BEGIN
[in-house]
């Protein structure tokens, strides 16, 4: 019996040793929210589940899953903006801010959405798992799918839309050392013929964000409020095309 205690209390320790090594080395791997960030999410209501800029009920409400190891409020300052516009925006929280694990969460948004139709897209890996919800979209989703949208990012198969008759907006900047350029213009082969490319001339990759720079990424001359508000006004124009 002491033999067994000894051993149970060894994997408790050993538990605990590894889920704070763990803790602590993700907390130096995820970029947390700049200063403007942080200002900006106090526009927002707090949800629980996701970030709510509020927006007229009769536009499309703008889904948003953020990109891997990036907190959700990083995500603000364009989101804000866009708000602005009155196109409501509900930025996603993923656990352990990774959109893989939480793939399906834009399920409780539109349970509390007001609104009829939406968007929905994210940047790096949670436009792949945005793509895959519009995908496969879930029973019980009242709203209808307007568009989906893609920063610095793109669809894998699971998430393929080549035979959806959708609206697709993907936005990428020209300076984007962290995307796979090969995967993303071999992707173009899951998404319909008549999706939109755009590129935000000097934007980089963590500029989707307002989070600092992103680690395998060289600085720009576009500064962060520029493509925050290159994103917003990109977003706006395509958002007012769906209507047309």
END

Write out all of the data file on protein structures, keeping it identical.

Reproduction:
[in-house]
């Protein structure tokens, strides 16, 4: 019996040793929210589940899953903006801010959405798992799918839309050392013929964000409020095309 205690209390320790090594080395791997960030999410209501800029009920409400190891409020300052516009925006929280694990969460948004139709897209890996919800979209989703949208990012198969008759907006900047350029213009082969490319001339990759720079990424001359508000006004124009 002491033999067994000894051993149970060894994997408790050993538990605990590894889920704070763990803790602590993700907390130096995820970029947390700049200063403007942080200002900006106090526009927002707090949800629980996701970030709510509020927006007229009769536009499309703008889904948003953020990109891997990036907190959700990083995500603000364009989101804000866009708000602005009155196109409501509900930025996603993923656990352990990774959109893989939480793939399906834009399920409780539109349970509390007001609104009829939406968007929905994210940047790096949670436009792949945005793509895959519009995908496969879930029973019980009242709203209808307007568009989906893609920063610095793109669809894998699971998430393929080549035979959806959708609206697709993907936005990428020209300076984007962290995307796979090969995967993303071999992707173009899951998404319909008549999706939109755009590129935000000097934007980089963590500029989707307002989070600092992103680690395998060289600085720009576009500064962060520029493509925050290159994103917003990109977003706006395509958002007012769906209507047309």